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TRICARE Policy Manual 6010.60-M, April 1, 2015
Administration
Chapter 1
Section 13.1
Relationship Between TRICARE And Employer-Sponsored Group Health Plans (GHPs)
Issue Date:  July 22, 2010
Authority:  Section 707 of the John Warner National Defense Authorization Act (NDAA) for Fiscal Year (FY) 2007 (Public Law 109-364), 32 CFR 199.8(d)(6)
Revision:  
1.0  Policy
1.1  By law, employers are prohibited from offering financial or other incentives to certain TRICARE-eligible employees to not enroll in employer-offered GHPs. The TRICARE prohibition applies in the same manner as employers are currently prohibited from offering incentives to Medicare-eligible employees under section 1862(b)(3)(C) of the Social Security Act (42 United States Code (USC) 1395y(b)(3)(C)). Many employers, including state and local Governments, have begun to offer their employees who are TRICARE-eligible a TRICARE supplement as an incentive not to enroll in the employer’s primary GHP. The purpose of the prohibition on incentives not to enroll in employer-sponsored GHPs is to prevent employers from shifting their responsibility for their employees onto the federal taxpayers.
1.2  For this prohibition, a TRICARE-eligible employee is a person who is eligible for TRICARE coverage under 10 USC Section 1086. This essentially applies to retirees and their family members and does not include dependents of active duty personnel.
1.3  The term “group health plan” means a plan (including a self-insured plan) of, or contributed to by, an employer (including a self-employed person) or employee organization to provide health care (directly or otherwise) to the employees, former employees, the employer, others associated or formerly associated with the employer in a business relationship, or their families.
1.4  In general, employers must offer the same health insurance benefits under the same conditions to TRICARE eligibles that other employees receive. Certain common employer benefit programs do not constitute improper incentives under the law.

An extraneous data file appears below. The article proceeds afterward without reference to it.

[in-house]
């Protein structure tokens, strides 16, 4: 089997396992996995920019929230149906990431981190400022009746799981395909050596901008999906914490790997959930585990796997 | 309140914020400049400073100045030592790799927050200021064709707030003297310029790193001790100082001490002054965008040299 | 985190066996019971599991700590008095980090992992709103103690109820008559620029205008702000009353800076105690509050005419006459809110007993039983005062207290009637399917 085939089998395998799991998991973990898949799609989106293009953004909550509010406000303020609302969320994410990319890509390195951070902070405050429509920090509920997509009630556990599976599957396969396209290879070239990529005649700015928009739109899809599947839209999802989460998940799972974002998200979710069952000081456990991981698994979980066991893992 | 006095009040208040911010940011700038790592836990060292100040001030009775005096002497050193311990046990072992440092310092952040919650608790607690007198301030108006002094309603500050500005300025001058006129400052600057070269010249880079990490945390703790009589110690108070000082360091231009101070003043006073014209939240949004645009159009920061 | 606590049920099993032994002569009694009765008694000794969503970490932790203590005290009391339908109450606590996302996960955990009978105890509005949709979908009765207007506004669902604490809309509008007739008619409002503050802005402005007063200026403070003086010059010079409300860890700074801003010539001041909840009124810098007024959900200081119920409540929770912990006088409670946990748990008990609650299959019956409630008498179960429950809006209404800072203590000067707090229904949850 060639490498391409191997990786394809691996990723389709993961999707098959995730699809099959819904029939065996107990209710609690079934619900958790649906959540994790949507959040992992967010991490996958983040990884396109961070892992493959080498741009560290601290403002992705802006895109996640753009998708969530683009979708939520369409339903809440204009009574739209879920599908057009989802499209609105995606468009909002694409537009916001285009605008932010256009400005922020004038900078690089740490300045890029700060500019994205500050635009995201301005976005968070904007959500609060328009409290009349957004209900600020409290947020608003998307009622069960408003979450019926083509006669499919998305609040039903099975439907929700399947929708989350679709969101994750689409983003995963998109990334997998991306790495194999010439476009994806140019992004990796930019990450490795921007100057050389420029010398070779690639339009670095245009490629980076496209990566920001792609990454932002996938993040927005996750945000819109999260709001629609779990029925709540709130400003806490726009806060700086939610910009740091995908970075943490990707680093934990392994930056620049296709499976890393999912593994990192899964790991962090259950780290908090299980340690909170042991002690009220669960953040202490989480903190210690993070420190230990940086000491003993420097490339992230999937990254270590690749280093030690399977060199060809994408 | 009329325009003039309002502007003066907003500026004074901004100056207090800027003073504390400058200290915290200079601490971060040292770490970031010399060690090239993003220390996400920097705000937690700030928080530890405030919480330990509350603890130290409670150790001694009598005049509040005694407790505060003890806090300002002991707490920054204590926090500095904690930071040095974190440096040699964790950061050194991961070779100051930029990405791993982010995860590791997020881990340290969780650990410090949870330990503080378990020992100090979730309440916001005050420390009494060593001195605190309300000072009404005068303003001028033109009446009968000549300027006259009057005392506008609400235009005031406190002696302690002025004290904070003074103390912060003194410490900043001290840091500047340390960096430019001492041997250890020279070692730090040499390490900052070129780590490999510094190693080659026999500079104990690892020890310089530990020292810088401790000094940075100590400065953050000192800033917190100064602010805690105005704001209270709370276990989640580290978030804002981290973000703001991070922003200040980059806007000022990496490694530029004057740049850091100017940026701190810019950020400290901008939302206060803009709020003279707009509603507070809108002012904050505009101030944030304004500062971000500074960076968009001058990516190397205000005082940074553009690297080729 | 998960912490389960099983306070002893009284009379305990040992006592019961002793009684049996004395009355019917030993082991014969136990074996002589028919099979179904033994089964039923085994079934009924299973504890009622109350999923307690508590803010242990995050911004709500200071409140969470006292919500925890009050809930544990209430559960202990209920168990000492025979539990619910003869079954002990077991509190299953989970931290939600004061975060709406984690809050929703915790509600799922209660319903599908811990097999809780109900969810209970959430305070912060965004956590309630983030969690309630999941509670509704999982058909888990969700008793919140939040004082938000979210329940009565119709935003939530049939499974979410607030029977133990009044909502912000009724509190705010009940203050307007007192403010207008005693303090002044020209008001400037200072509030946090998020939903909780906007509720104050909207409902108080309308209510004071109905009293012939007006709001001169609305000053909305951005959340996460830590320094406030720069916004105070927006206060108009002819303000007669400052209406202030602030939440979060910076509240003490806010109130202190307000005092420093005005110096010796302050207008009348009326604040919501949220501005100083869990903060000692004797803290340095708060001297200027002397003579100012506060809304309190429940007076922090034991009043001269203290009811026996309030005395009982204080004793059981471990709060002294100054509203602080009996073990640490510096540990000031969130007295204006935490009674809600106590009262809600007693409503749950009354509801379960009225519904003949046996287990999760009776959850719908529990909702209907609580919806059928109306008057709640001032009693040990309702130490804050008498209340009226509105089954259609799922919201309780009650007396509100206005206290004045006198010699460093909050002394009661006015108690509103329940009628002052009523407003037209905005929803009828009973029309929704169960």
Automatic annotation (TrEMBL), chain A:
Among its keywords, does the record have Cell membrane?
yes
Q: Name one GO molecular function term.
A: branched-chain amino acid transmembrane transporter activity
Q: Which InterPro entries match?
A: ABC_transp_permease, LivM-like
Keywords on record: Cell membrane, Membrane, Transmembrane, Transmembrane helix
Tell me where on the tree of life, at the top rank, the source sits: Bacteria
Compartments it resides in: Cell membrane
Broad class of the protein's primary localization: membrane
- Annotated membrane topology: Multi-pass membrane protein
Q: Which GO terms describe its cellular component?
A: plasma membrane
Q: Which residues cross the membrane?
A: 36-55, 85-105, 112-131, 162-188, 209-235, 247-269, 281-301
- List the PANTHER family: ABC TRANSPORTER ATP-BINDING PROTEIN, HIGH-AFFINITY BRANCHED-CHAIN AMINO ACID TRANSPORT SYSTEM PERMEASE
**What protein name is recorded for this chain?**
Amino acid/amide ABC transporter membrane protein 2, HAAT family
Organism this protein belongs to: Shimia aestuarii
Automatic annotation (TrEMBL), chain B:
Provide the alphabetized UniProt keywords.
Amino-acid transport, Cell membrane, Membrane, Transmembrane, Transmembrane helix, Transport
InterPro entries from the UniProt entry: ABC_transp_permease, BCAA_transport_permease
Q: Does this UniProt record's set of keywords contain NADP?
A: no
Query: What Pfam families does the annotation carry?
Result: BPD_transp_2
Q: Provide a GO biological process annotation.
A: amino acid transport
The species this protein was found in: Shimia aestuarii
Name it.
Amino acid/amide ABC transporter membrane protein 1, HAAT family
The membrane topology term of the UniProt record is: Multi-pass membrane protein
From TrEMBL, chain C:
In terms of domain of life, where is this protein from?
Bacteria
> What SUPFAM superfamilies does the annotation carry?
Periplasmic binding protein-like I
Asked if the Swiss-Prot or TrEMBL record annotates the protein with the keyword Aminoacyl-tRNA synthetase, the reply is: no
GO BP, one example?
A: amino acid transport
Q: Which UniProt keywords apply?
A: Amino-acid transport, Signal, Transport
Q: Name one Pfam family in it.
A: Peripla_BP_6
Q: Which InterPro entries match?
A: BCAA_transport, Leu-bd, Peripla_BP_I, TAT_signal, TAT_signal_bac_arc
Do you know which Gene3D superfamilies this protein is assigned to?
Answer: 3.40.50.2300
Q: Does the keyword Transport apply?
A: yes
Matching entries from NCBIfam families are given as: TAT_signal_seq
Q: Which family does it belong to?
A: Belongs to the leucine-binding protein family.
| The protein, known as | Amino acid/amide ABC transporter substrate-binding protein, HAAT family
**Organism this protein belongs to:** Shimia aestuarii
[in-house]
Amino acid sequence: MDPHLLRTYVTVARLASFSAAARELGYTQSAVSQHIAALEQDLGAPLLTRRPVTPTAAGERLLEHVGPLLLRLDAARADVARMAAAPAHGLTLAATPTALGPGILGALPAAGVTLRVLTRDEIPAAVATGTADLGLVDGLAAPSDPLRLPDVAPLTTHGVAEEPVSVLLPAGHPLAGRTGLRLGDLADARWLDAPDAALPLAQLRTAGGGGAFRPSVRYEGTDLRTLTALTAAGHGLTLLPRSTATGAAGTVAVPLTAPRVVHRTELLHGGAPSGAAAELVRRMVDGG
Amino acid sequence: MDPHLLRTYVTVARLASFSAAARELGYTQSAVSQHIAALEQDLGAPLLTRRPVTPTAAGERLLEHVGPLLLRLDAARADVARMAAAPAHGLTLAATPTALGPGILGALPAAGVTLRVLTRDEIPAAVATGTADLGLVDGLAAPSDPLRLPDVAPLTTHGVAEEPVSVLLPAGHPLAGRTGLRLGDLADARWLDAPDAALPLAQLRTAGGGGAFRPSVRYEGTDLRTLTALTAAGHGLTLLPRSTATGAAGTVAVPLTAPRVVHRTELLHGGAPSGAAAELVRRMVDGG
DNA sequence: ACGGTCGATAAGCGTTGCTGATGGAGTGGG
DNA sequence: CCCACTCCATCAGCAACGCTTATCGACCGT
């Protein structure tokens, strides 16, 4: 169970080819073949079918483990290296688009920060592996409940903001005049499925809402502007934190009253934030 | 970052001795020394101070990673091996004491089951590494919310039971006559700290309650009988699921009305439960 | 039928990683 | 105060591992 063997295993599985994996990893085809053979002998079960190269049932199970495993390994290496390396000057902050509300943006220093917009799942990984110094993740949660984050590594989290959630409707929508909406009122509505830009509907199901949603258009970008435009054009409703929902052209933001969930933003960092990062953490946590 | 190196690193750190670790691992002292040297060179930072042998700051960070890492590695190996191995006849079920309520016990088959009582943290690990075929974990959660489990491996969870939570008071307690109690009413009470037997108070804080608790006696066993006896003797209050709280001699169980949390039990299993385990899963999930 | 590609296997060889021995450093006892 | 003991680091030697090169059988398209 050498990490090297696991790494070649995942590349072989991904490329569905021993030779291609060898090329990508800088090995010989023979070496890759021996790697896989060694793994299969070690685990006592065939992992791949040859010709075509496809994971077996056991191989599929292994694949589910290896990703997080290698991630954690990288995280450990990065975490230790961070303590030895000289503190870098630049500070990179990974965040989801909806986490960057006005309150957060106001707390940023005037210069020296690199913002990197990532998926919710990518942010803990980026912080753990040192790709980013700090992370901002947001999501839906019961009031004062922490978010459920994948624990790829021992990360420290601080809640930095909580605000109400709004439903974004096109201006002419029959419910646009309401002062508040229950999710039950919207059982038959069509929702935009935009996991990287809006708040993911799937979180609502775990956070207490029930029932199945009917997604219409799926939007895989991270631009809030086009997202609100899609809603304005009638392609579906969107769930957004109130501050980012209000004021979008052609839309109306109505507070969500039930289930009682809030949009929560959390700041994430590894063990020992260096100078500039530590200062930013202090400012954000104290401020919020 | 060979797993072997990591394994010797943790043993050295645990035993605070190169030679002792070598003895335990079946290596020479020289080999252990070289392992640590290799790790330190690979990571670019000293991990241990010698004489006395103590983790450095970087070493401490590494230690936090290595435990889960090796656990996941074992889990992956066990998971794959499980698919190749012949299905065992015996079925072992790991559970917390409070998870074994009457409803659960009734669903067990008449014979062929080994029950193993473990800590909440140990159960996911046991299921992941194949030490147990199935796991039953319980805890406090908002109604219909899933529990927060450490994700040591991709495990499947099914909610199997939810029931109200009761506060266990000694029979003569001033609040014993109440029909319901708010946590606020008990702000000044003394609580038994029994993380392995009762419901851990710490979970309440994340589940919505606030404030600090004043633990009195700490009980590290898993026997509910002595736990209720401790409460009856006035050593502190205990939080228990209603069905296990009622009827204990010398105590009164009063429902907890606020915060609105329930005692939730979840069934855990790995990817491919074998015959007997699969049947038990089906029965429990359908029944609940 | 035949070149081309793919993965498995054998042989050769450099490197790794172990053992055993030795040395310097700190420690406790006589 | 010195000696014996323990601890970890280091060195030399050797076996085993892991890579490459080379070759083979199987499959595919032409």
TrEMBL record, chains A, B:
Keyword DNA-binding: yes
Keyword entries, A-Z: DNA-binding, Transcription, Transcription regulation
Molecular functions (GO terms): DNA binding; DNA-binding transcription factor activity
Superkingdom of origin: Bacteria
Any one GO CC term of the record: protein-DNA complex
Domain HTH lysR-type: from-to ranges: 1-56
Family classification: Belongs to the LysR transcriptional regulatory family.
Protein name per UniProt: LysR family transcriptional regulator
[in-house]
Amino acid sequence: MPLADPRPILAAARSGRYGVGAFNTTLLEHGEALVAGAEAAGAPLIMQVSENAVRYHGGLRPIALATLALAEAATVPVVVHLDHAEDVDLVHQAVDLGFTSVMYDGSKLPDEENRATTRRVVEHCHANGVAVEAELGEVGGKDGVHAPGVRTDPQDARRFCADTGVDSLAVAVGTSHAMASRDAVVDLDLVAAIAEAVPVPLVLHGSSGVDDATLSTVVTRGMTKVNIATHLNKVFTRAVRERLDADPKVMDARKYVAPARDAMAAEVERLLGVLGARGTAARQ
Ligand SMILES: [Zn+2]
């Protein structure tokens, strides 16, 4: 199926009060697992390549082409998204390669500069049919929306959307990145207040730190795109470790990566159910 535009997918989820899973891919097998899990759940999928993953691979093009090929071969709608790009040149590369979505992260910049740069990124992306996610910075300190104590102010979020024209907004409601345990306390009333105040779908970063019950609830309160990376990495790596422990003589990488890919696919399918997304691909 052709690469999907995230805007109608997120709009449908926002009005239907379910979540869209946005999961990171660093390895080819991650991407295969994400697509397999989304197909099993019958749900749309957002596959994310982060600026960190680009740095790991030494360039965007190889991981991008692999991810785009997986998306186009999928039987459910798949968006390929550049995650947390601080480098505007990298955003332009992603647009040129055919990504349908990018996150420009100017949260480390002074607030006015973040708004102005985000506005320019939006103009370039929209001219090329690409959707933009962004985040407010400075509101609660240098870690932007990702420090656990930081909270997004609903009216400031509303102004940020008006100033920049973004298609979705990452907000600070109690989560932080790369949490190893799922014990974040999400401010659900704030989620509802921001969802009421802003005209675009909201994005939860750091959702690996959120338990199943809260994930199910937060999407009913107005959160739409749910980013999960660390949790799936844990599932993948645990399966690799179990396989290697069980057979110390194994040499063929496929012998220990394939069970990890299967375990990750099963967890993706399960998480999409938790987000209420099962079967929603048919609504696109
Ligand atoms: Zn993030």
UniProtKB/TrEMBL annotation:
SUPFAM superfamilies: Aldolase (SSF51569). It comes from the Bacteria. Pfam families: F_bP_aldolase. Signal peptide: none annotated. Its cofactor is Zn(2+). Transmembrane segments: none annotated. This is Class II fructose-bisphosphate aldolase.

1.4.1  An employer-funded benefit offered through an employer’s cafeteria plan would not be considered an improper incentive, as long as it is not a TRICARE exclusive benefit. (The cafeteria plan must comply with Section 125 of the Internal Revenue Code.) Employers who offer all similarly situated employees without regard to TRICARE eligibility a choice between health insurance and cash payment equivalents are not considered in violation of the prohibition. Therefore, if a TRICARE beneficiary elects a cash payment option as a benefit offered via the employer’s cafeteria plan, then this is not a violation of these provisions.
1.4.2  Health Reimbursement Arrangements (HRAs) are employer sponsored plans that are generally are classified as GHPs. Only employers can make contributions to HRAs. If the HRA is available to and can be used by all similarly situated employees (not limited to TRICARE beneficiaries), it does not violate this provision. Further, cash payments or other bona fide fringe benefits may properly be offered under the McNamara O’Hara Service Contract Act (SCA) and otherwise in lieu of health care coverage as long as the employer does not consider TRICARE eligibility when formulating the cash payment or fringe benefits options.